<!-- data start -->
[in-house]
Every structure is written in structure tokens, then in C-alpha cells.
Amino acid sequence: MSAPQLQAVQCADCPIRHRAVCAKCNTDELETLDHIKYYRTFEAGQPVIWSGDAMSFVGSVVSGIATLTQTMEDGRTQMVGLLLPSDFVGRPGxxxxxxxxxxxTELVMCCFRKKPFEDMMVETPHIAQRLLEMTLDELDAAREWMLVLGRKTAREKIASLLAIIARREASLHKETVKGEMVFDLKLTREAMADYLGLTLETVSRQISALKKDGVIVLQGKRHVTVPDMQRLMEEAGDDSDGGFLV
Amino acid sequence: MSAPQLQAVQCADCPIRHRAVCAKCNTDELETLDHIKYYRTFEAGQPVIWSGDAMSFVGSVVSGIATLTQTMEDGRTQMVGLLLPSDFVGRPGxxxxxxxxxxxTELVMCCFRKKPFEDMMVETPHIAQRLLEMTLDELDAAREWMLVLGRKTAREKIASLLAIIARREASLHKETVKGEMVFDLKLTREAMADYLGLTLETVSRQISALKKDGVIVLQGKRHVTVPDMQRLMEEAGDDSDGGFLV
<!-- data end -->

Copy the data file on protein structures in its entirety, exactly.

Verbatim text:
[in-house]
Every structure is written in structure tokens, then in C-alpha cells.
Amino acid sequence: MSAPQLQAVQCADCPIRHRAVCAKCNTDELETLDHIKYYRTFEAGQPVIWSGDAMSFVGSVVSGIATLTQTMEDGRTQMVGLLLPSDFVGRPGxxxxxxxxxxxTELVMCCFRKKPFEDMMVETPHIAQRLLEMTLDELDAAREWMLVLGRKTAREKIASLLAIIARREASLHKETVKGEMVFDLKLTREAMADYLGLTLETVSRQISALKKDGVIVLQGKRHVTVPDMQRLMEEAGDDSDGGFLV
Amino acid sequence: MSAPQLQAVQCADCPIRHRAVCAKCNTDELETLDHIKYYRTFEAGQPVIWSGDAMSFVGSVVSGIATLTQTMEDGRTQMVGLLLPSDFVGRPGxxxxxxxxxxxTELVMCCFRKKPFEDMMVETPHIAQRLLEMTLDELDAAREWMLVLGRKTAREKIASLLAIIARREASLHKETVKGEMVFDLKLTREAMADYLGLTLETVSRQISALKKDGVIVLQGKRHVTVPDMQRLMEEAGDDSDGGFLV